Guest Article by Parul Gupta
[This note has been prepared in the context of citizens in Pune city alerting the police about illegal sand mining in the middle of the night earlier this month, see lead story at: https://sandrp.in/2020/11/23/drp-nb-9-nov-2020-pune-citizens-expose-illegal-river-sand-mining-in-pune-city/. However, this provides useful guidance for all citizens across the country in similar situation, hence this is being shared for wider use.]
Illegal sand mining is an offence under the Indian Penal Code, Mines and Minerals Development and Regulation Act, 1957 and Environment (Protection) Act, 1986.
- The citizens can lodge a complaint/FIR with the concerned police station. The following sections must be invoked by the police.
(1) Section 378 and 379 of IPC deals with theft of property -The State Government is the owner of the mineral, therefore, no person is allowed to transport the sand without permission of the Government, if any person takes the sand without permission, then the offence under section 378 and 379 of IPC would be made out. Dishonestly removing sand and gravel from river beds without consent constitutes theft. The penalty is imprisonment which may extend to three years, or with fine, or with both.
(2) Section 15 of the EP Act– Mining of sand without obtaining necessary consent from State Pollution Control Board/Environment Clearance from MoEFCC/SEIAA is an offence under EP Act. The penalty is imprisonment which may extend to five years or fine which may extend to one lakh rupees. If contravention continues the penalty may extend to five thousand rupees per day. The section further provides for imprisonment for seven years if contravention continues beyond a year, after the date of conviction.
(3) Section 4 and 21 of MMDR Act– Mining of sand without the necessary permit/ mining lease constitutes illegal mining under the MMDR Act. The penalty is imprisonment which may extend to five years or fine which may extend to five lakh rupees per hectare of the area. It further provides for seizure of the mined material, tools, equipment or vehicle used in the process and recovery of the price of the illegal mined material if the same has already been disposed of by the accused. The State Govt. would also charge for the rent/royalty/tax for the period during which the land was occupied by the accused without any lawful authority.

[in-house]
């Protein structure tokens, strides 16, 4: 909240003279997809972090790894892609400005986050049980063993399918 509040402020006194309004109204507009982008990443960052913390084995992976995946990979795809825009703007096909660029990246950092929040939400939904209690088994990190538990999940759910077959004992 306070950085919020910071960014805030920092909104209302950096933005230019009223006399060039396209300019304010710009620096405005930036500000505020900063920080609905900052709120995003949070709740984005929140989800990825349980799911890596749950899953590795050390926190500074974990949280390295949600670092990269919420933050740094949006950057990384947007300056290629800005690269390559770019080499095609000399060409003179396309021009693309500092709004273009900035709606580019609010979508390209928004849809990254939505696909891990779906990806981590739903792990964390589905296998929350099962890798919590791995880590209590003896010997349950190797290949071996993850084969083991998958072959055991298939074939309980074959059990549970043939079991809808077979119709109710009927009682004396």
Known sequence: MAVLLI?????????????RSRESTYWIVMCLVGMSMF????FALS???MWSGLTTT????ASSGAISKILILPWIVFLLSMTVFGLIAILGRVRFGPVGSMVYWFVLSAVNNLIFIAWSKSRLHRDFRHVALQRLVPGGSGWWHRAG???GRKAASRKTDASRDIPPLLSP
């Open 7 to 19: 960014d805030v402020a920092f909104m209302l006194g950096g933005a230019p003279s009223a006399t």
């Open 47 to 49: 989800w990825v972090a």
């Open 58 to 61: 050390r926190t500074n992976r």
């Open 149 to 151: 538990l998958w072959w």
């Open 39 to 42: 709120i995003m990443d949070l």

(4) State Pollution Control Board (SPCB) is the nodal authority in the State for dealing with cases related to pollution or environment management coming under the purview of the Water (Prevention and Control of Pollution) Act, 1974, the Air (Prevention and Control of Pollution) Act, 1981 and the Environment Protection Act 1986. In case the mining operations are being done without taking necessary consent from the State Board, a complaint or representation can be made to the State Board which would initiate appropriate action under the provision of these acts for non-compliance or violation of the provisions. Penalty provisions provide for imprisonment for one year and six months (which may extend to six years) and fine to 5000/- to 10,000 /-
(5) In case illegal mining is being done in protected areas/forest areas then it would also invoke provisions of Wildlife Protection (Act), 1972 and Forest (Conservation) Act, 1980.
2. What action can be taken by citizens/residents apart from filing FIR – Some people fear for their lives and do not wish to visit police station for the fear of political involvement. In such cases, a petition could be filed before the NGT under sections 14,15 and 17 (only in cases where mining is being done without environmental permissions) or the concerned High Court (Writ petition or PIL) or Supreme Court. Persons (who belong to the weaker section of the society) can also approach the Legal Services Authority for filing cases against illegal sand mining. Please see this link for more information (Legal Aid – National Legal Services Authority! (nalsa.gov.in))
3. The citizens can also approach any organization/NGOs for filing of the petition, where the identity of the complainant/ petitioner is not revealed. Like the NGT Bar Association since 2013 had been filing cases in respect of illegal sand mining in Yamuna which is not filed by any particular person. I also feel we should have a database of lawyers and NGO’s where affected residents/ citizens could approach directly if they observe illegal mining in their neighbourhood.
The citizens can also write to the respective agencies/ authorities – MoEFCC/ State Pollution Control Board/ concerned District Magistrate/ Mines and Geology Department/ Revenue Department etc.
4. Assessment of damages/ What should be the scale of compensation– The guidelines of 2020 have given provisions for assessment of the damages resulting due to illegal mining. For this purpose, it provides for an independent committee of experts to be constituted by the District Administration which would also have independent representation of locals and State Pollution Control Board. The committee would recommend for recovery of environmental compensation alongwith the action under the provision of EP Act, 1986. The NGT has asked the CPCB alongwith other experts to determine the scale of compensation which is still pending finalization. Attached are the report of the CPCB and the subsequent order of the NGT.
Parul Gupta (email@example.com)